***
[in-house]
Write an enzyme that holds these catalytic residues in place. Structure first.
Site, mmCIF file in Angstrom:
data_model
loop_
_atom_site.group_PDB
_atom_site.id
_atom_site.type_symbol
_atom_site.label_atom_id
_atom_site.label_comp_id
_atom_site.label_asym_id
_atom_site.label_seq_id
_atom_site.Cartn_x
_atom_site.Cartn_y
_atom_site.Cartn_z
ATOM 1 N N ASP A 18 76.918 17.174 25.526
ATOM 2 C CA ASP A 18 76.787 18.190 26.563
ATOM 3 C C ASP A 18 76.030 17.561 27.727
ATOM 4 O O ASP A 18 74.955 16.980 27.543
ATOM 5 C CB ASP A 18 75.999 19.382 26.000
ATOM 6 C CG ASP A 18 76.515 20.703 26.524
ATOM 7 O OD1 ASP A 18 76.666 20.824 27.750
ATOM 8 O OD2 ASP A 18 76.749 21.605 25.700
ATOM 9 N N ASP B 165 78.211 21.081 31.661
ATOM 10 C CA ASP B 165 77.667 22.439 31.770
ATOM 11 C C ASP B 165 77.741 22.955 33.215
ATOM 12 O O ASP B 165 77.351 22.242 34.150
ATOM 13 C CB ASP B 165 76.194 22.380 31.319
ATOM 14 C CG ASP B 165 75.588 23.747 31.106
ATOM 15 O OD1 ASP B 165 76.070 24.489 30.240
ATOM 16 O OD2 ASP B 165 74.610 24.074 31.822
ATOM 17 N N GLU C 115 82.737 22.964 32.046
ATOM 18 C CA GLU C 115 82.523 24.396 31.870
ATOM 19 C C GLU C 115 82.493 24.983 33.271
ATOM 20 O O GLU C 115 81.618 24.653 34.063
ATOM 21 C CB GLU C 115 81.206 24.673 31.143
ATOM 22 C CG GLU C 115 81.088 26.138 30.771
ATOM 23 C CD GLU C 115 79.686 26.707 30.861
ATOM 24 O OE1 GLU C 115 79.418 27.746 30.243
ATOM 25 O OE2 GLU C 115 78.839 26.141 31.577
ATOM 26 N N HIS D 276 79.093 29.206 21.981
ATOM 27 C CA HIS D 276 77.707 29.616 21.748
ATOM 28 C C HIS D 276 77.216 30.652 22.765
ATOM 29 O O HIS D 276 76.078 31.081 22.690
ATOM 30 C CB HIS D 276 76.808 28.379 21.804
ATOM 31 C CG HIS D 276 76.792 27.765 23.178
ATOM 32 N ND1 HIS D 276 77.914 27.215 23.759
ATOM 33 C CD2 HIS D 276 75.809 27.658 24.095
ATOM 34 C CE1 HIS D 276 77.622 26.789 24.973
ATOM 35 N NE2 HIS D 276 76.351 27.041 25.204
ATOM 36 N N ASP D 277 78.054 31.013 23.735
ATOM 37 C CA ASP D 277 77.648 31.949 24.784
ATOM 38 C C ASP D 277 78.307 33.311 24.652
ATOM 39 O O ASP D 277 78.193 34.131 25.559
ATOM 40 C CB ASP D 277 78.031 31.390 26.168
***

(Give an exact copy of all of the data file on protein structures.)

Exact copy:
[in-house]
Write an enzyme that holds these catalytic residues in place. Structure first.
Site, mmCIF file in Angstrom:
data_model
loop_
_atom_site.group_PDB
_atom_site.id
_atom_site.type_symbol
_atom_site.label_atom_id
_atom_site.label_comp_id
_atom_site.label_asym_id
_atom_site.label_seq_id
_atom_site.Cartn_x
_atom_site.Cartn_y
_atom_site.Cartn_z
ATOM 1 N N ASP A 18 76.918 17.174 25.526
ATOM 2 C CA ASP A 18 76.787 18.190 26.563
ATOM 3 C C ASP A 18 76.030 17.561 27.727
ATOM 4 O O ASP A 18 74.955 16.980 27.543
ATOM 5 C CB ASP A 18 75.999 19.382 26.000
ATOM 6 C CG ASP A 18 76.515 20.703 26.524
ATOM 7 O OD1 ASP A 18 76.666 20.824 27.750
ATOM 8 O OD2 ASP A 18 76.749 21.605 25.700
ATOM 9 N N ASP B 165 78.211 21.081 31.661
ATOM 10 C CA ASP B 165 77.667 22.439 31.770
ATOM 11 C C ASP B 165 77.741 22.955 33.215
ATOM 12 O O ASP B 165 77.351 22.242 34.150
ATOM 13 C CB ASP B 165 76.194 22.380 31.319
ATOM 14 C CG ASP B 165 75.588 23.747 31.106
ATOM 15 O OD1 ASP B 165 76.070 24.489 30.240
ATOM 16 O OD2 ASP B 165 74.610 24.074 31.822
ATOM 17 N N GLU C 115 82.737 22.964 32.046
ATOM 18 C CA GLU C 115 82.523 24.396 31.870
ATOM 19 C C GLU C 115 82.493 24.983 33.271
ATOM 20 O O GLU C 115 81.618 24.653 34.063
ATOM 21 C CB GLU C 115 81.206 24.673 31.143
ATOM 22 C CG GLU C 115 81.088 26.138 30.771
ATOM 23 C CD GLU C 115 79.686 26.707 30.861
ATOM 24 O OE1 GLU C 115 79.418 27.746 30.243
ATOM 25 O OE2 GLU C 115 78.839 26.141 31.577
ATOM 26 N N HIS D 276 79.093 29.206 21.981
ATOM 27 C CA HIS D 276 77.707 29.616 21.748
ATOM 28 C C HIS D 276 77.216 30.652 22.765
ATOM 29 O O HIS D 276 76.078 31.081 22.690
ATOM 30 C CB HIS D 276 76.808 28.379 21.804
ATOM 31 C CG HIS D 276 76.792 27.765 23.178
ATOM 32 N ND1 HIS D 276 77.914 27.215 23.759
ATOM 33 C CD2 HIS D 276 75.809 27.658 24.095
ATOM 34 C CE1 HIS D 276 77.622 26.789 24.973
ATOM 35 N NE2 HIS D 276 76.351 27.041 25.204
ATOM 36 N N ASP D 277 78.054 31.013 23.735
ATOM 37 C CA ASP D 277 77.648 31.949 24.784
ATOM 38 C C ASP D 277 78.307 33.311 24.652
ATOM 39 O O ASP D 277 78.193 34.131 25.559
ATOM 40 C CB ASP D 277 78.031 31.390 26.168